What Makes The Family-Firm Tick? Five Research-Based Decision Drivers
While practitioners and consultants were only focused on the pitfalls of family businesses, researchers have proven that in many cases family firms outperform their non-family counterparts.
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Many articles and conferences about family business talks about succession and conflicts without addressing the basics of why it is that we study family firms. What are the fundamental differences that set family firms apart from non-family firms? Researchers have been studying these differences for decades to lay the foundations of the family business as an academic discipline, but practitioners and consultants have yet to successfully extract basic differences, and determine knowledge-based implications based on these differences.
Traditionally, researchers suggested that family businesses differed from non-family business due to the continuous interaction between the family aspect and the business aspect. The concept has since developed, addressing the many types of family business, and in the process demonstrated that the influence of the family varies from one business to another.
While practitioners and consultants were only focused on the pitfalls of family businesses, researchers have proven that in many cases family firms outperform their non-family counterparts. Subsequently, attempts were made to dig deeper and find the underlying drivers as to why family firms performed better in these particular cases. Family firms and non-family firms were revealed to operate differently (and perform better) in some scenarios because of a shared dual goal-state: both financial and non-financial goals were found to be in alignment. Through research, it was also shown that these non-financial goals -also referred to as socio-emotional wealth (SEW)- rank higher in importance to family firms than financial goals. Pursuing socio-emotional wealth is unique to family firms, and it encourages them to achieve higher financial gains over the long-term.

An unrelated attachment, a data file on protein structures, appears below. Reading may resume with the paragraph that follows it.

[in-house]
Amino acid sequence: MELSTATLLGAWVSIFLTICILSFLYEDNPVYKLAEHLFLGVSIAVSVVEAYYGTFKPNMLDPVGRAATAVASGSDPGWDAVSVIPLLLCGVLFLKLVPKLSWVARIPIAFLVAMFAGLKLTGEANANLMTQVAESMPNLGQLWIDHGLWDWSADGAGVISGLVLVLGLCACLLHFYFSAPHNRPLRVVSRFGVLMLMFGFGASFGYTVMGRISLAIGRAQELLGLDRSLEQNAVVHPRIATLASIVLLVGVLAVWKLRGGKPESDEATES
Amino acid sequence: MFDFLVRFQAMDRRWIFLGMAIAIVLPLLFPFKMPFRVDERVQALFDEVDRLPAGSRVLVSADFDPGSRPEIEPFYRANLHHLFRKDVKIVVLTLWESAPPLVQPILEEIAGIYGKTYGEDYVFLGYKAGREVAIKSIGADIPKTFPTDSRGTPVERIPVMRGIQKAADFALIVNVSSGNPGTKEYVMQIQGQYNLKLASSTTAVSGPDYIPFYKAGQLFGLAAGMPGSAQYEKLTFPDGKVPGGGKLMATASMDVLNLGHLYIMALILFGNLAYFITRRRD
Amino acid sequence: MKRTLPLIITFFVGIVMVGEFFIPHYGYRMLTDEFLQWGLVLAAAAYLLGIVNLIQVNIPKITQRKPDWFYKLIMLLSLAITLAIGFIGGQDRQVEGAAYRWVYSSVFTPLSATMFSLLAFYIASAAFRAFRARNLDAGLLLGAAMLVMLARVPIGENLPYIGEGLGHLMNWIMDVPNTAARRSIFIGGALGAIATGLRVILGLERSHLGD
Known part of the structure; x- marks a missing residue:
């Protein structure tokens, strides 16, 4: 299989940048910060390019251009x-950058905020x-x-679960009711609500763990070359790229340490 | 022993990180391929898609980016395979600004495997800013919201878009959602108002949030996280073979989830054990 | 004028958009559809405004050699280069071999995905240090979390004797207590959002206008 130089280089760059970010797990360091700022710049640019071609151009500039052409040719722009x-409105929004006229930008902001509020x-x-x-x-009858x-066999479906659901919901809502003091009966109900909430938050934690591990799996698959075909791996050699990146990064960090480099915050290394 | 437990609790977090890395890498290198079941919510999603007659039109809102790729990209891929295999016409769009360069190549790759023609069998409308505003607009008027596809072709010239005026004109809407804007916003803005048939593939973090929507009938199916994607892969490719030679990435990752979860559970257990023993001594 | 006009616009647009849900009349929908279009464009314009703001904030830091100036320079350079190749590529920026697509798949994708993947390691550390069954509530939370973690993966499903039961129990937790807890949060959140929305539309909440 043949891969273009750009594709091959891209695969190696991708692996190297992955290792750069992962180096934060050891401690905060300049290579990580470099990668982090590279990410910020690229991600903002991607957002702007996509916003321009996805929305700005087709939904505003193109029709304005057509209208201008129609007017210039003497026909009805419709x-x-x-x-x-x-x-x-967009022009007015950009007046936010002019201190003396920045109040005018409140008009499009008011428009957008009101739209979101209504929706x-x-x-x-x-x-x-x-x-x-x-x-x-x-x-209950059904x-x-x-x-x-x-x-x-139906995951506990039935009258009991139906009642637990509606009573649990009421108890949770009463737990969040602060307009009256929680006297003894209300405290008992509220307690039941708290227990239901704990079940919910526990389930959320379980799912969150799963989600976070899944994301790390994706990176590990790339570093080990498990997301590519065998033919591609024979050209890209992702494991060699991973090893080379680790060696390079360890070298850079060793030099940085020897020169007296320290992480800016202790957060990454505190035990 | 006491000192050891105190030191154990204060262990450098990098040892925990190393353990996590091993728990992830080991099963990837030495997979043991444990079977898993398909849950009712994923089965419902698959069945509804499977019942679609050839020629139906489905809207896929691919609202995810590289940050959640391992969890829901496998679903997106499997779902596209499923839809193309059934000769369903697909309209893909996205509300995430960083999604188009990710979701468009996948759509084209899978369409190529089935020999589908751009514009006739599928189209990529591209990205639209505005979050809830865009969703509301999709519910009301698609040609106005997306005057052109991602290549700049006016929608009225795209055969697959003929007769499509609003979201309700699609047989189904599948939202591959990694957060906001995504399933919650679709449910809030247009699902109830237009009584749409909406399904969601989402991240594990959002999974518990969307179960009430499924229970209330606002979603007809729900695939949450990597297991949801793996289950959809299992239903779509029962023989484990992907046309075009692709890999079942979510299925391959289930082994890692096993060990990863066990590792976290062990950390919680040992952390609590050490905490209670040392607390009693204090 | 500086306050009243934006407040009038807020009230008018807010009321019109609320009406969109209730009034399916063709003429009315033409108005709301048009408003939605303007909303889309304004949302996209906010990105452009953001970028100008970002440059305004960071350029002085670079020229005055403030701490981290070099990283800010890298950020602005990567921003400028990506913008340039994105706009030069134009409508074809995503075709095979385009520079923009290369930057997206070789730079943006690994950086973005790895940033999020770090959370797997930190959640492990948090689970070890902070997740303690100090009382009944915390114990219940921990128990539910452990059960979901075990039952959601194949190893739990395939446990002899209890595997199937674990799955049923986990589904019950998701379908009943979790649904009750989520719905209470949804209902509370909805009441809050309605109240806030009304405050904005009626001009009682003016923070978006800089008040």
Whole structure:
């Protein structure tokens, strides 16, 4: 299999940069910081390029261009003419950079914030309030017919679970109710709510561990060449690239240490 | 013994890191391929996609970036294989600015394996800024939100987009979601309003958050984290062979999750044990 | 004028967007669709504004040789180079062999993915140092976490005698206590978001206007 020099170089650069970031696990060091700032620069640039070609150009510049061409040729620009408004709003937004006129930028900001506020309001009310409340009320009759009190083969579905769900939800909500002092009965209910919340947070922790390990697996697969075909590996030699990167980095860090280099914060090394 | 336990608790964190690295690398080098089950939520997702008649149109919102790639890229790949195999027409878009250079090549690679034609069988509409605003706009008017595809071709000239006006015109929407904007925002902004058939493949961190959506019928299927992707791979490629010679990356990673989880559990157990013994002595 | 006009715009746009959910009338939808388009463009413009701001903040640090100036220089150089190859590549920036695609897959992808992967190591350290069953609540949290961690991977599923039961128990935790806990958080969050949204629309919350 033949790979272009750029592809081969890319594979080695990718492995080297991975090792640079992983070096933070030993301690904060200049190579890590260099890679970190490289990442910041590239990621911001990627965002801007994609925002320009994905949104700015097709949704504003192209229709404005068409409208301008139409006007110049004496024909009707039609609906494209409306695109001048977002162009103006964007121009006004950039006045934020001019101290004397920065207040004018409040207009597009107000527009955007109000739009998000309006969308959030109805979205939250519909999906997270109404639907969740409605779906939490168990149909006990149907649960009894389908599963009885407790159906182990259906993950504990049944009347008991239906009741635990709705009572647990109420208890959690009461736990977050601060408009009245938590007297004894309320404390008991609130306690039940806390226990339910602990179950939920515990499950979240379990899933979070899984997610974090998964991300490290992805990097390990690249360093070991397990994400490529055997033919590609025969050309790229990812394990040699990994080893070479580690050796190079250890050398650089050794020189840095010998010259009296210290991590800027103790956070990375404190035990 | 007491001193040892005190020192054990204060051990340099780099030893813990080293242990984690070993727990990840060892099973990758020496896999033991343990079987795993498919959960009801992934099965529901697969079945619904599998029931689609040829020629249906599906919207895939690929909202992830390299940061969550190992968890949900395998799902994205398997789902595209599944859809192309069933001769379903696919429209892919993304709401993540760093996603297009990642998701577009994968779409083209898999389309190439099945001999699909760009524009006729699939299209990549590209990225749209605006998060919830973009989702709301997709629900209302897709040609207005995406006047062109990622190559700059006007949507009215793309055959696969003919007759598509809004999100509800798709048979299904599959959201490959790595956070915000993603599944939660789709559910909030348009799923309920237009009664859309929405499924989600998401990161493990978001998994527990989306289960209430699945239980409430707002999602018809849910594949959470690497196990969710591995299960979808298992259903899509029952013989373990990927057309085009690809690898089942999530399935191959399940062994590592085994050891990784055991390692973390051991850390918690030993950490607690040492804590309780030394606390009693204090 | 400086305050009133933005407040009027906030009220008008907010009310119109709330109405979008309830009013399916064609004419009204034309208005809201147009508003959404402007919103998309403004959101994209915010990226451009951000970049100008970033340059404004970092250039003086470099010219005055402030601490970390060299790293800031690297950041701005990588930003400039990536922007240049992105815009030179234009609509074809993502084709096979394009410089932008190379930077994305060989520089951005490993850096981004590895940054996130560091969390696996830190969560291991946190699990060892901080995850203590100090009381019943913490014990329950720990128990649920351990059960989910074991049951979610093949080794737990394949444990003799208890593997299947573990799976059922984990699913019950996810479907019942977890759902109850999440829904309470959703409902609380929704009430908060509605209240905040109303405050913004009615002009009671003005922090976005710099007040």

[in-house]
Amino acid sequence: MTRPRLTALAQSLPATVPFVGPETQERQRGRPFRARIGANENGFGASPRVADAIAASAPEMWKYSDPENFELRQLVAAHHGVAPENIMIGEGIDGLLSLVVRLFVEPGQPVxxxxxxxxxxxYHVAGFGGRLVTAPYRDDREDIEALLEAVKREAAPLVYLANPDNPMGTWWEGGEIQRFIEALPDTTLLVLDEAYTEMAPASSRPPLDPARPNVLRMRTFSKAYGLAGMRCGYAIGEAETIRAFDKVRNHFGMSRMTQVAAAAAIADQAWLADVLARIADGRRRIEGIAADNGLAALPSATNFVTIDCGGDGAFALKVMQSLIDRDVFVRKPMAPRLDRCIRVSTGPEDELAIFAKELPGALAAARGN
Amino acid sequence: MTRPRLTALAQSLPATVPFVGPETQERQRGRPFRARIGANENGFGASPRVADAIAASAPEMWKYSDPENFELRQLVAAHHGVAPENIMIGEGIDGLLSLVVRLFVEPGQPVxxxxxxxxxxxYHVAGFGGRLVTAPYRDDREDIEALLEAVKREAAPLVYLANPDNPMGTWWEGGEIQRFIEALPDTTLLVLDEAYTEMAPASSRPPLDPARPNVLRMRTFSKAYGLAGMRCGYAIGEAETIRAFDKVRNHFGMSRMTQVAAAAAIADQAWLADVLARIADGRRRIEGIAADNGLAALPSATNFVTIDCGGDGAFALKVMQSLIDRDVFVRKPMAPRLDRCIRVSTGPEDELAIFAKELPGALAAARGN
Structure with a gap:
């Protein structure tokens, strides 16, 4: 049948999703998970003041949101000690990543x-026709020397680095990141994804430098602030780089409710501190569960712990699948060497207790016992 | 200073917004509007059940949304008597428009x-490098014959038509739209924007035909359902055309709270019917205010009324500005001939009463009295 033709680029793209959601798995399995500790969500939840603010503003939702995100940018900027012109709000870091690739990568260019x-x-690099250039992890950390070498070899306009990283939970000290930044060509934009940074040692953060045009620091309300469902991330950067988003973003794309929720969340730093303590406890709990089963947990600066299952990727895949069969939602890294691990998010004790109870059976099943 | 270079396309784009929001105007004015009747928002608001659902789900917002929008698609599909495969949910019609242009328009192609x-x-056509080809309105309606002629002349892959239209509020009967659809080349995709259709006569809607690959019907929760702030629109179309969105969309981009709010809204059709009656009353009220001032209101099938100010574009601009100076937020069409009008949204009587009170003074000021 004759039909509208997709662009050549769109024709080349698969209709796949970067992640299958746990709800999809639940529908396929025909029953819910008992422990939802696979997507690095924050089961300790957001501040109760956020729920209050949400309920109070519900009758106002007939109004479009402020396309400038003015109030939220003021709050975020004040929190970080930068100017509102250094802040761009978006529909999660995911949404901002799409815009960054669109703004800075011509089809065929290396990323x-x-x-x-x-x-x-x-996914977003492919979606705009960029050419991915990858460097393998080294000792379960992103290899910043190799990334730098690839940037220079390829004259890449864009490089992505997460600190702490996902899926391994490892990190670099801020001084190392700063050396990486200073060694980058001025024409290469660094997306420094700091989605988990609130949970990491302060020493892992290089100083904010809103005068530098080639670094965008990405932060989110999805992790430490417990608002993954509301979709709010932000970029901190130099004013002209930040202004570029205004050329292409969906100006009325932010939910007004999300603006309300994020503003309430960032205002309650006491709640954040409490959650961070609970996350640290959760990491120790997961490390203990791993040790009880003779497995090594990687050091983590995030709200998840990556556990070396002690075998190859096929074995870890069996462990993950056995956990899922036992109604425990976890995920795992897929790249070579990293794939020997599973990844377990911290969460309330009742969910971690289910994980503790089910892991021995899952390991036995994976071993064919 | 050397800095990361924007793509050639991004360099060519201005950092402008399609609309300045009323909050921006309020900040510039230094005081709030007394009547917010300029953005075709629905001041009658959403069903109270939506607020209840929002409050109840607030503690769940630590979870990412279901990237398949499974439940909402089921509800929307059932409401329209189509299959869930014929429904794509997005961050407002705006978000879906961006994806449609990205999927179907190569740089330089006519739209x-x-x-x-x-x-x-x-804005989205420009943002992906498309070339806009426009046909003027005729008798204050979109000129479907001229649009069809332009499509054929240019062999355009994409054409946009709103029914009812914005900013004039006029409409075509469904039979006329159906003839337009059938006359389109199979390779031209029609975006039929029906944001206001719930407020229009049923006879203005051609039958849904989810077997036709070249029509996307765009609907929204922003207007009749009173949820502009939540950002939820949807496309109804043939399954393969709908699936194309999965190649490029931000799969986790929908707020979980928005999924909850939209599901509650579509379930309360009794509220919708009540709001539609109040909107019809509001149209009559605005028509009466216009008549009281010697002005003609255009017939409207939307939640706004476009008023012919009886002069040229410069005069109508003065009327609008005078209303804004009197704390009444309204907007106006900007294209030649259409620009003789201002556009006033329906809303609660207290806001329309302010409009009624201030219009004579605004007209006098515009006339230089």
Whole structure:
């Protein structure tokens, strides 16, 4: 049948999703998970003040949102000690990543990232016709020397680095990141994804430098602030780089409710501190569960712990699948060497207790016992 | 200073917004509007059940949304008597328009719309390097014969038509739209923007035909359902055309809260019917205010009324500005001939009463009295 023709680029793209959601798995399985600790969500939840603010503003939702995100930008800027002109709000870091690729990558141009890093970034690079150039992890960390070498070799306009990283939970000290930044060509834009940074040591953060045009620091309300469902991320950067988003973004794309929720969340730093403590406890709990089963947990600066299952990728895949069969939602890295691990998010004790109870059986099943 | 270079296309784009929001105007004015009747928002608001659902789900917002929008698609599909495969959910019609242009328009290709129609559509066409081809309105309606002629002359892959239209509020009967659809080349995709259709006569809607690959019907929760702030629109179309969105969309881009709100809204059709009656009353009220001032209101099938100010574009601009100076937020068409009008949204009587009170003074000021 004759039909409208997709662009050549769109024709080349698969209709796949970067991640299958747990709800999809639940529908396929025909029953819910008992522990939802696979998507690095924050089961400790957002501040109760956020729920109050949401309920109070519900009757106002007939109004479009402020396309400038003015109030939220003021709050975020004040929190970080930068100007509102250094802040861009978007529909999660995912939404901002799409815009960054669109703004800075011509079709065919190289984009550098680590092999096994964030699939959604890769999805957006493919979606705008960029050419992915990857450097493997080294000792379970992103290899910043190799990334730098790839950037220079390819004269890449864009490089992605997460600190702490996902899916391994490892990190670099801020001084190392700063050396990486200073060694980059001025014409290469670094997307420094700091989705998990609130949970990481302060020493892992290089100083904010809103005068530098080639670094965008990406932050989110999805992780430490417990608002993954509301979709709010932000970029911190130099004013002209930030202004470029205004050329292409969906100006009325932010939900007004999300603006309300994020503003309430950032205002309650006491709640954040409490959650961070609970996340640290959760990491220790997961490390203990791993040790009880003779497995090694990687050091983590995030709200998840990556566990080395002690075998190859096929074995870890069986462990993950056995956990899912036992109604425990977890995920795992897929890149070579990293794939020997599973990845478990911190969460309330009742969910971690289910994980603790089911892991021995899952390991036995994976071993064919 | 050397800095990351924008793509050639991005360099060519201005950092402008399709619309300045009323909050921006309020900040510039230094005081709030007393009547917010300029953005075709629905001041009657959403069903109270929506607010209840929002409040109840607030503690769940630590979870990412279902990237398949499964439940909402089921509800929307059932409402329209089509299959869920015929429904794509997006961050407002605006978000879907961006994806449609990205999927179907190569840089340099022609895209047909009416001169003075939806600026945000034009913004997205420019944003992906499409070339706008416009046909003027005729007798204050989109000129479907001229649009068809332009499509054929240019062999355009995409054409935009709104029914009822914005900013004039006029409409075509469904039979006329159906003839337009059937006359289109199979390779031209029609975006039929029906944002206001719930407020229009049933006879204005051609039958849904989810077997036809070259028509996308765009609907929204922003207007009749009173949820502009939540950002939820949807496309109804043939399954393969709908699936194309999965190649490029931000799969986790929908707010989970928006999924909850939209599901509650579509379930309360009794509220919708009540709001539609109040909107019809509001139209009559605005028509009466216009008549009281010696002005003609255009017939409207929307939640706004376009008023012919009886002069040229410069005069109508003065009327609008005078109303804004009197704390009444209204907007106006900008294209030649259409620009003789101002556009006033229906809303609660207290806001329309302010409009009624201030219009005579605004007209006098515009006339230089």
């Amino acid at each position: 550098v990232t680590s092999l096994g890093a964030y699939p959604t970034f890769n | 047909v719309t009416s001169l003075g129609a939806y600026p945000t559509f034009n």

Can SEW be defined? FIBER is an acronym used to describe the five elements that combine to make socio-emotional wealth. These elements rein supreme to family firms, overshadowing the financial aspects: Family Control, Identification, Binding Social Ties, Emotional Attachment, and Renewal of the Family Bond. Family firms often make decisions that aren't sound economically (from a financial perspective), but they are considered high utility maximizers to the family firm's SEW.
Understanding Fiber: The Five Factors Of Socioemotional Wealth
1. Family Control
Families make decisions to reject acquisition offers, eschew employment of non-family upper management, going public, and becoming a part of larger cooperatives. While the decisions don't necessarily appear correct from a profit-driven perspective, they opt to reject these offers all the same. This is most often done in order to maintain family control of the enterprise.
As many family firms bear the name of the family or are heavily associated with the family, these firms often decide key matters from a viewpoint that is rooted in protecting their legacy. Identification with the family firm colors these choices, rather than pure financial performance.
3. Binding Social Ties
As families have relationships within society –commonly found in the GCC family firms- many judgments are made to continue to frequent local suppliers or partners even if lower cost alternatives can be found elsewhere. These judgment calls are also influenced by the local environment, and a family firm's desire to support and keep small businesses operating, as they are all part of one shared community.
4. Emotional Attachment
Many decisions within family firms are based on emotional attachment between the relevant family members. It may be the case that a course of action is pursued to satisfy the requests of one family member, while in other scenarios decisions are avoided or stalled to protect family members.
5. Renewal Of The Family Bond
The renewal of family bonds to the firm through dynastic succession is of paramount importance. The succession process and passing the business from one generation to another is part of family firm tradition. Families habitually avoid deciding to sell often because of this bond, and in order to keep the business as a source of income, employment, and power for future generations of the clan.
These five factors, part of the family firm pursuit of SEW, increases both the sense of family member belonging and their stewardship-like behavior towards the firm. It's worth mentioning that SEW also emphasizes the long-term view over short-term gain, and the patient capital of family firms. The very same drivers of SEW also contribute to develop the mesh-style relationship between family firms and the communities around them, while simultaneously contributing to improving the overall brand of family businesses.